Nutritional status, dietary intake and dietary diversity of landfill waste pickers
Swart, Elizabeth C
van der Merwe, Maria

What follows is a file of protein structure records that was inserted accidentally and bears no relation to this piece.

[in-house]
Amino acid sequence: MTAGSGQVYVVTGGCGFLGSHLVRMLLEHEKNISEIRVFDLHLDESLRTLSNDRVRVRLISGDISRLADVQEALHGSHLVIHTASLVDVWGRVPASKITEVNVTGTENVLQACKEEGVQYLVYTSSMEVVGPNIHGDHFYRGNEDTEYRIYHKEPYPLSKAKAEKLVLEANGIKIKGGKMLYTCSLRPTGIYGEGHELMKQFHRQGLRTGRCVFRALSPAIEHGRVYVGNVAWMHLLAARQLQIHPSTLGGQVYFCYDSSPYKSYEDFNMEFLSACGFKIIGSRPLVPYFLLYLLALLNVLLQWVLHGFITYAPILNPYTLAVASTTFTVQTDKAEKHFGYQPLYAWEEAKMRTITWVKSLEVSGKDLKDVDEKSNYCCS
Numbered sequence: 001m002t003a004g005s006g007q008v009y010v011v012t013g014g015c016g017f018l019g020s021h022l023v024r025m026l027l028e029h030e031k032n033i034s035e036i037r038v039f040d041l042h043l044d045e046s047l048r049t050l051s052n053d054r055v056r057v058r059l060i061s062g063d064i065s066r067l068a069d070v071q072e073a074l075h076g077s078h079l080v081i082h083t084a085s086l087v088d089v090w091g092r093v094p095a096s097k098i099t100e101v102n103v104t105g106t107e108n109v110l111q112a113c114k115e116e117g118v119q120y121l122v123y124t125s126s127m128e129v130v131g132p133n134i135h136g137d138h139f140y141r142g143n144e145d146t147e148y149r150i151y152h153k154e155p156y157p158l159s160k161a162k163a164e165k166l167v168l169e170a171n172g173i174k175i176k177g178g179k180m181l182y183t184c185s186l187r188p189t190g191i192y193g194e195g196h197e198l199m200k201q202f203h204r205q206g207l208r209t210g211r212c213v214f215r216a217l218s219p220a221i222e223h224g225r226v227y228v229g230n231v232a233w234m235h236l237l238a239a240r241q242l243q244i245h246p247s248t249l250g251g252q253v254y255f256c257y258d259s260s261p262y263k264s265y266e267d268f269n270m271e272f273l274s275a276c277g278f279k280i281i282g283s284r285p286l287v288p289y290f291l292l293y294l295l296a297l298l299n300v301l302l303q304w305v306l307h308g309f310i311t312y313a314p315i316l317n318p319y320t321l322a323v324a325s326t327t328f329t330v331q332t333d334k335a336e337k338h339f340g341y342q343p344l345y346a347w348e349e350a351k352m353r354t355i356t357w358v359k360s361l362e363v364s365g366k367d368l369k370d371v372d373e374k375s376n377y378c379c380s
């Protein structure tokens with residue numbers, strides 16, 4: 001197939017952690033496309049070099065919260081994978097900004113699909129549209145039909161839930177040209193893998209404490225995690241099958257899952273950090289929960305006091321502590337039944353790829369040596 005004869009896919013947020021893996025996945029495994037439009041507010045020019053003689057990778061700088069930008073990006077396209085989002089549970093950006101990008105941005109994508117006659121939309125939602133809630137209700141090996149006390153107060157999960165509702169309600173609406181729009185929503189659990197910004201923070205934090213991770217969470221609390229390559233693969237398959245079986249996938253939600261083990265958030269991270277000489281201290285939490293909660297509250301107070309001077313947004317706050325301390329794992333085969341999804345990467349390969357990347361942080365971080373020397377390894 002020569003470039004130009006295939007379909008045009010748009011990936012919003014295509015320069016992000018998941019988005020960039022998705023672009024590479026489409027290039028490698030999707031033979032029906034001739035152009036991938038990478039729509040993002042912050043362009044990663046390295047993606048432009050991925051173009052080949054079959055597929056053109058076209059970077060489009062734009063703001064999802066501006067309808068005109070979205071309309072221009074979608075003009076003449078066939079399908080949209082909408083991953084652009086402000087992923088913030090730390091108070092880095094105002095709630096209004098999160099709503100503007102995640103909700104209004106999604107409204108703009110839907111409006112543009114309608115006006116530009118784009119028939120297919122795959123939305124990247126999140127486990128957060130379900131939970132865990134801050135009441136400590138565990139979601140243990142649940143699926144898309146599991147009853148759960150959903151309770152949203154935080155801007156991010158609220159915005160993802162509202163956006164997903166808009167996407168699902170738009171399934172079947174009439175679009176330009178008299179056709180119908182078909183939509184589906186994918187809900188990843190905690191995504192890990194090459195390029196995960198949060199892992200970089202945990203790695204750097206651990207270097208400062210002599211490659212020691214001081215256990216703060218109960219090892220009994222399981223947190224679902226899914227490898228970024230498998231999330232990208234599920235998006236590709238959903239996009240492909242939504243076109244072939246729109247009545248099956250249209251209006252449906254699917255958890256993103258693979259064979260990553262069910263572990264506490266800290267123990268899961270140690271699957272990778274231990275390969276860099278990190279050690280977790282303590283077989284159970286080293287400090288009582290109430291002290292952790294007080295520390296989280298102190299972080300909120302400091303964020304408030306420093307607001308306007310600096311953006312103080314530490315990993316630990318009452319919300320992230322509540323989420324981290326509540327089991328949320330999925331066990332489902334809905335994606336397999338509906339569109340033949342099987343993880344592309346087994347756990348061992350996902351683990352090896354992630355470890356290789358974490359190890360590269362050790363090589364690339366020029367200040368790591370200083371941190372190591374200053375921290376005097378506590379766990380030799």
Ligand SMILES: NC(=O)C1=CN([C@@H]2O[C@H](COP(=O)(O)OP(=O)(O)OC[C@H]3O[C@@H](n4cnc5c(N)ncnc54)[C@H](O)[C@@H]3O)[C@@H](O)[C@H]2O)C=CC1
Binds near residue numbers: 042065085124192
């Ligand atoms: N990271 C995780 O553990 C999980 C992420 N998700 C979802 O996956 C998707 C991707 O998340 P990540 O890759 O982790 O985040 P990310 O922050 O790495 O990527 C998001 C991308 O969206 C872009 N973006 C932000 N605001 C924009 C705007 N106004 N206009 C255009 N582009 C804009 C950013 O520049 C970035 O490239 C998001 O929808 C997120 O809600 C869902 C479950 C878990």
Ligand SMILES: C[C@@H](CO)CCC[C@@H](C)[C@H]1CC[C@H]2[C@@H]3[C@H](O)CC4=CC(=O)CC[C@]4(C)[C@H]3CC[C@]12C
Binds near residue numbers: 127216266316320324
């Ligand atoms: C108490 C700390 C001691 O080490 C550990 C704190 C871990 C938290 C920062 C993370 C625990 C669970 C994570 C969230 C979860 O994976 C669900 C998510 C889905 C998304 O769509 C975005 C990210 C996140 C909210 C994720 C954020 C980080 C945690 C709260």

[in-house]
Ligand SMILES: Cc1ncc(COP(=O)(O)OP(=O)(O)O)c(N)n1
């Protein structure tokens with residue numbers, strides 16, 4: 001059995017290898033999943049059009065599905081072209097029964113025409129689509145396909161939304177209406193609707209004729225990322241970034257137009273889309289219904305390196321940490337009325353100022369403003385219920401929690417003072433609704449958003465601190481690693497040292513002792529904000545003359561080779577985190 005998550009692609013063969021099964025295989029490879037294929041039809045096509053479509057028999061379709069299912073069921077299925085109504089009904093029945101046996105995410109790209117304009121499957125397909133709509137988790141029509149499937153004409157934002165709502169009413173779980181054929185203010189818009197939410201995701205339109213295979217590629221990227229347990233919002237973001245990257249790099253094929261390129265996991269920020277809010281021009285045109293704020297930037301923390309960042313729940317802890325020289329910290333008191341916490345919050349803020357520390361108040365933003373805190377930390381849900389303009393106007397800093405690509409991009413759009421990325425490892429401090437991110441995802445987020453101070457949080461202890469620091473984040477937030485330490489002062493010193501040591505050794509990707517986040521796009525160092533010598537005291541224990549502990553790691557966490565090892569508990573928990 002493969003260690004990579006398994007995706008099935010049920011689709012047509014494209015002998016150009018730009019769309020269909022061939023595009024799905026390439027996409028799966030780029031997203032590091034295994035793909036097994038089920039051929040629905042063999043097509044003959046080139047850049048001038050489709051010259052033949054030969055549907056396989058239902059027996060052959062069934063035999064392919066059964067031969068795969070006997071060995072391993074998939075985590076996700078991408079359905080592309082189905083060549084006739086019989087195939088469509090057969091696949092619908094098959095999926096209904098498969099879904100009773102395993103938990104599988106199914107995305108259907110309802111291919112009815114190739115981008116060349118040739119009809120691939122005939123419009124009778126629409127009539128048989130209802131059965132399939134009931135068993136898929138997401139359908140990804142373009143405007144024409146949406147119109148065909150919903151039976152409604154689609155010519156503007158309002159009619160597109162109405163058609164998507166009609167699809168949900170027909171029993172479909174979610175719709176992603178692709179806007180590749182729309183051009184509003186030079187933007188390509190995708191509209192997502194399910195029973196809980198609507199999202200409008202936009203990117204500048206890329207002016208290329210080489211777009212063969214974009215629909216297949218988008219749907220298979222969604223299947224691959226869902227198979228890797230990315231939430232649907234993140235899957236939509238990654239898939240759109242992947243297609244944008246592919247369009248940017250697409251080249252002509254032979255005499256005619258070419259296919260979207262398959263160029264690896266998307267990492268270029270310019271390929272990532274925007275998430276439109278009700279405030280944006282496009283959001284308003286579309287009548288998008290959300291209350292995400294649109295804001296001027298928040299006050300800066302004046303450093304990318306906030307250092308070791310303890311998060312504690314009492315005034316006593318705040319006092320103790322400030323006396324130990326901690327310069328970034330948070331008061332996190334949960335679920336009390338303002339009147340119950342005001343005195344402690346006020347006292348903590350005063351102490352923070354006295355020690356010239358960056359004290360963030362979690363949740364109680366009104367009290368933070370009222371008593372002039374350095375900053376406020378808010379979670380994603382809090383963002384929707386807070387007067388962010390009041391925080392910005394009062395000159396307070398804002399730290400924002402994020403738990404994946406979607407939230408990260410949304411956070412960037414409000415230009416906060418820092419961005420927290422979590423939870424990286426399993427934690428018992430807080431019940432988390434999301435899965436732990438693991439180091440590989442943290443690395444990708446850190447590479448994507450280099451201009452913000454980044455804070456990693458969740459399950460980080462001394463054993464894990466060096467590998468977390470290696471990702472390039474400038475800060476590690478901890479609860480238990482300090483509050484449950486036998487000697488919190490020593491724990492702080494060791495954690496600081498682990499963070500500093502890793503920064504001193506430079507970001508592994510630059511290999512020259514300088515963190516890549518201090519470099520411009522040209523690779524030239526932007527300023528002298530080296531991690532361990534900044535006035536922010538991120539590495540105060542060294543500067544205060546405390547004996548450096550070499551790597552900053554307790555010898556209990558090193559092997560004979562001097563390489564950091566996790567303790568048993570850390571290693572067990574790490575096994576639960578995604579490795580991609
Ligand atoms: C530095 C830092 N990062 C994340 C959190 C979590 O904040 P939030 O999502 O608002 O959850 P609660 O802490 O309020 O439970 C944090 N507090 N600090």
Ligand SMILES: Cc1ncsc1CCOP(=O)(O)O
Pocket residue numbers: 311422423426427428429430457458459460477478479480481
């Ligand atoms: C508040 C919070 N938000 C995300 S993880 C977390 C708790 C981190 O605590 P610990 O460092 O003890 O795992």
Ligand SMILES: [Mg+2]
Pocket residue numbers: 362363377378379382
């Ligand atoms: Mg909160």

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The purpose of this study was to investigate and describe the nutritional status, dietary intake and dietary diversity of waste pickers in South Africa, a socioeconomically vulnerable group who makes a significant contribution to planetary health through salvaging recyclable material from dumpsites. Participants were weighed and measured to calculate body mass index (BMI). Dietary intake was recorded using a standardised multipass 24 h recall. Individual dietary diversity scores were derived from the dietary recall data. Data were collected from nine purposefully selected landfill sites located in six rural towns and three cities in four of the nine provinces in South Africa, providing nutritional status information on 386 participants and dietary intake on 358 participants after data cleaning and coding. The mean BMI of the study sample was 23.22 kg/m2. Underweight was more prevalent among males (22.52%) whilst 56.1% of the females were overweight or obese. The average individual dietary diversity score was 2.46, with 50% scoring 2 or less. Dietary intake patterns were characterised as monotonous, starch-based and lacking vegetables and fruits. The nutritional status, dietary intake and dietary diversity of waste pickers reflect their precarious economic status, highlighting the need for health, social and economic policies to improve access and affordability of nutritious food.